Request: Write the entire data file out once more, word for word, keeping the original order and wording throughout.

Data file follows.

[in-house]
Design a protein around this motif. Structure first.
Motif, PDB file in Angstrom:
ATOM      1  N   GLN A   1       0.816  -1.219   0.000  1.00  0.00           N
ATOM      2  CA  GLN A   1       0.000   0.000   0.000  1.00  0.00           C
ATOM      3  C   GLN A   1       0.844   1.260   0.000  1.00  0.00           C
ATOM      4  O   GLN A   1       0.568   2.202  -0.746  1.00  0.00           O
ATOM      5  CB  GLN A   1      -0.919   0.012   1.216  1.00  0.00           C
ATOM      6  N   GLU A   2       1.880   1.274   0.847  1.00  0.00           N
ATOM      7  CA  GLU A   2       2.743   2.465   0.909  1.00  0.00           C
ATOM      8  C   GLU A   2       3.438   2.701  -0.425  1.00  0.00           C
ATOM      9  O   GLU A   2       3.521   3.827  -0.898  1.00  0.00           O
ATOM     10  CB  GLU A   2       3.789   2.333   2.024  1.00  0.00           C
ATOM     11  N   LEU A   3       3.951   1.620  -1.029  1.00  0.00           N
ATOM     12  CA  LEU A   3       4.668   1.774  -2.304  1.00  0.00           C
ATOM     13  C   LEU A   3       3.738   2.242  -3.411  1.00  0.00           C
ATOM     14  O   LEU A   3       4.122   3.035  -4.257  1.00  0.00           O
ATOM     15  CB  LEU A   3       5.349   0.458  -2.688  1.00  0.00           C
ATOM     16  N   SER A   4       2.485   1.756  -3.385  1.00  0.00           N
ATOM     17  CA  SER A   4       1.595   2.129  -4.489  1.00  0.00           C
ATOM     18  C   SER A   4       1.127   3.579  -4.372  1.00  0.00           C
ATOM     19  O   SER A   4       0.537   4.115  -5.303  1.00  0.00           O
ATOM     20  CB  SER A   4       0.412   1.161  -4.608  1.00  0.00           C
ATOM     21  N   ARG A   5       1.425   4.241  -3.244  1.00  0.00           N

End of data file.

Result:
[in-house]
Design a protein around this motif. Structure first.
Motif, PDB file in Angstrom:
ATOM      1  N   GLN A   1       0.816  -1.219   0.000  1.00  0.00           N
ATOM      2  CA  GLN A   1       0.000   0.000   0.000  1.00  0.00           C
ATOM      3  C   GLN A   1       0.844   1.260   0.000  1.00  0.00           C
ATOM      4  O   GLN A   1       0.568   2.202  -0.746  1.00  0.00           O
ATOM      5  CB  GLN A   1      -0.919   0.012   1.216  1.00  0.00           C
ATOM      6  N   GLU A   2       1.880   1.274   0.847  1.00  0.00           N
ATOM      7  CA  GLU A   2       2.743   2.465   0.909  1.00  0.00           C
ATOM      8  C   GLU A   2       3.438   2.701  -0.425  1.00  0.00           C
ATOM      9  O   GLU A   2       3.521   3.827  -0.898  1.00  0.00           O
ATOM     10  CB  GLU A   2       3.789   2.333   2.024  1.00  0.00           C
ATOM     11  N   LEU A   3       3.951   1.620  -1.029  1.00  0.00           N
ATOM     12  CA  LEU A   3       4.668   1.774  -2.304  1.00  0.00           C
ATOM     13  C   LEU A   3       3.738   2.242  -3.411  1.00  0.00           C
ATOM     14  O   LEU A   3       4.122   3.035  -4.257  1.00  0.00           O
ATOM     15  CB  LEU A   3       5.349   0.458  -2.688  1.00  0.00           C
ATOM     16  N   SER A   4       2.485   1.756  -3.385  1.00  0.00           N
ATOM     17  CA  SER A   4       1.595   2.129  -4.489  1.00  0.00           C
ATOM     18  C   SER A   4       1.127   3.579  -4.372  1.00  0.00           C
ATOM     19  O   SER A   4       0.537   4.115  -5.303  1.00  0.00           O
ATOM     20  CB  SER A   4       0.412   1.161  -4.608  1.00  0.00           C
ATOM     21  N   ARG A   5       1.425   4.241  -3.244  1.00  0.00           N